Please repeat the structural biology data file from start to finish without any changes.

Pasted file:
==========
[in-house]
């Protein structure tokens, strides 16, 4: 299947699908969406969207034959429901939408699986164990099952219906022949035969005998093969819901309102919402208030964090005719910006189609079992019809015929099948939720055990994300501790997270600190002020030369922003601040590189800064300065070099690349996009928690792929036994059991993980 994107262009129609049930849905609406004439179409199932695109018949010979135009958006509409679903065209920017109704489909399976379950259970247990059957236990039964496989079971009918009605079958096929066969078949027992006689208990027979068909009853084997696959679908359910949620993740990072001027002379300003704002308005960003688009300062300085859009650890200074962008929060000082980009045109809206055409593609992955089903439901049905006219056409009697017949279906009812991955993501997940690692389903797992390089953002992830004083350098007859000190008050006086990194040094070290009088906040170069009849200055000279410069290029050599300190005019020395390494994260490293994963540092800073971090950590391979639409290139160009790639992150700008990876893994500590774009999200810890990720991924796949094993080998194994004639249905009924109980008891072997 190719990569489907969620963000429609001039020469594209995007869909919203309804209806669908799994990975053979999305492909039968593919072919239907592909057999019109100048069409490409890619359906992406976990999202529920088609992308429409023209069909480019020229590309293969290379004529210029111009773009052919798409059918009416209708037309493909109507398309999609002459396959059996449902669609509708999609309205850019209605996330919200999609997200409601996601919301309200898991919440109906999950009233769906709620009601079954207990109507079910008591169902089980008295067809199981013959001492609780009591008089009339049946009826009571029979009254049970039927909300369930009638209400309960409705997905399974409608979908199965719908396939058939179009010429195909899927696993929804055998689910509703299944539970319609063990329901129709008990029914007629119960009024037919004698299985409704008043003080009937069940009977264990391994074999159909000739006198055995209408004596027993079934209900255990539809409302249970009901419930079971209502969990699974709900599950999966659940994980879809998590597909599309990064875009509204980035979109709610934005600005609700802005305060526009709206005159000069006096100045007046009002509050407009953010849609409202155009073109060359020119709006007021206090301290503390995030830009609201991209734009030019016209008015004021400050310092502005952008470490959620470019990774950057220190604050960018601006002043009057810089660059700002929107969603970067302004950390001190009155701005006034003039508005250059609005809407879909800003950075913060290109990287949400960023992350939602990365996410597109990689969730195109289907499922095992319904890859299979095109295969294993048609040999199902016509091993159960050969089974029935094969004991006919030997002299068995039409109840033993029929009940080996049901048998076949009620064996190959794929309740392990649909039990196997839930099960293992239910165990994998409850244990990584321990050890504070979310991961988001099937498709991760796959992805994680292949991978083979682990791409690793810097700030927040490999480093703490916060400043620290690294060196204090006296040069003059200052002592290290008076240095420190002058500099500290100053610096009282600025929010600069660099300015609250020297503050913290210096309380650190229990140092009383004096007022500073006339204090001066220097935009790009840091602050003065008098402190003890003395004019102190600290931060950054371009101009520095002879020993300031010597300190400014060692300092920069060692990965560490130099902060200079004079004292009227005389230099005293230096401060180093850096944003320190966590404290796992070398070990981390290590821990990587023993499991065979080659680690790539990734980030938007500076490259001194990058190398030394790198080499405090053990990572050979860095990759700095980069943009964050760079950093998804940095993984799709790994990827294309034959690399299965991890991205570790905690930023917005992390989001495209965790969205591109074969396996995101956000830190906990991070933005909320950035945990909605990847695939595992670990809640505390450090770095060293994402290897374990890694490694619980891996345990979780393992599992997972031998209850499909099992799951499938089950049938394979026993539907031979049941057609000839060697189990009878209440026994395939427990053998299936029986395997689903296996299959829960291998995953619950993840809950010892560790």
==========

[in-house]
């Protein structure tokens, strides 16, 4: 299947699908969406969207034959429901939408699986164990099952219906022949035969005998093969819901309102919402208030964090005719910006189609079992019809015929099948939720055990994300501790997270600190002020030369922003601040590189800064300065070099690349996009928690792929036994059991993980 994107262009129609049930849905609406004439179409199932695109018949010979135009958006509409679903065209920017109704489909399976379950259970247990059957236990039964496989079971009918009605079958096929066969078949027992006689208990027979068909009853084997696959679908359910949620993740990072001027002379300003704002308005960003688009300062300085859009650890200074962008929060000082980009045109809206055409593609992955089903439901049905006219056409009697017949279906009812991955993501997940690692389903797992390089953002992830004083350098007859000190008050006086990194040094070290009088906040170069009849200055000279410069290029050599300190005019020395390494994260490293994963540092800073971090950590391979639409290139160009790639992150700008990876893994500590774009999200810890990720991924796949094993080998194994004639249905009924109980008891072997 190719990569489907969620963000429609001039020469594209995007869909919203309804209806669908799994990975053979999305492909039968593919072919239907592909057999019109100048069409490409890619359906992406976990999202529920088609992308429409023209069909480019020229590309293969290379004529210029111009773009052919798409059918009416209708037309493909109507398309999609002459396959059996449902669609509708999609309205850019209605996330919200999609997200409601996601919301309200898991919440109906999950009233769906709620009601079954207990109507079910008591169902089980008295067809199981013959001492609780009591008089009339049946009826009571029979009254049970039927909300369930009638209400309960409705997905399974409608979908199965719908396939058939179009010429195909899927696993929804055998689910509703299944539970319609063990329901129709008990029914007629119960009024037919004698299985409704008043003080009937069940009977264990391994074999159909000739006198055995209408004596027993079934209900255990539809409302249970009901419930079971209502969990699974709900599950999966659940994980879809998590597909599309990064875009509204980035979109709610934005600005609700802005305060526009709206005159000069006096100045007046009002509050407009953010849609409202155009073109060359020119709006007021206090301290503390995030830009609201991209734009030019016209008015004021400050310092502005952008470490959620470019990774950057220190604050960018601006002043009057810089660059700002929107969603970067302004950390001190009155701005006034003039508005250059609005809407879909800003950075913060290109990287949400960023992350939602990365996410597109990689969730195109289907499922095992319904890859299979095109295969294993048609040999199902016509091993159960050969089974029935094969004991006919030997002299068995039409109840033993029929009940080996049901048998076949009620064996190959794929309740392990649909039990196997839930099960293992239910165990994998409850244990990584321990050890504070979310991961988001099937498709991760796959992805994680292949991978083979682990791409690793810097700030927040490999480093703490916060400043620290690294060196204090006296040069003059200052002592290290008076240095420190002058500099500290100053610096009282600025929010600069660099300015609250020297503050913290210096309380650190229990140092009383004096007022500073006339204090001066220097935009790009840091602050003065008098402190003890003395004019102190600290931060950054371009101009520095002879020993300031010597300190400014060692300092920069060692990965560490130099902060200079004079004292009227005389230099005293230096401060180093850096944003320190966590404290796992070398070990981390290590821990990587023993499991065979080659680690790539990734980030938007500076490259001194990058190398030394790198080499405090053990990572050979860095990759700095980069943009964050760079950093998804940095993984799709790994990827294309034959690399299965991890991205570790905690930023917005992390989001495209965790969205591109074969396996995101956000830190906990991070933005909320950035945990909605990847695939595992670990809640505390450090770095060293994402290897374990890694490694619980891996345990979780393992599992997972031998209850499909099992799951499938089950049938394979026993539907031979049941057609000839060697189990009878209440026994395939427990053998299936029986395997689903296996299959829960291998995953619950993840809950010892560790």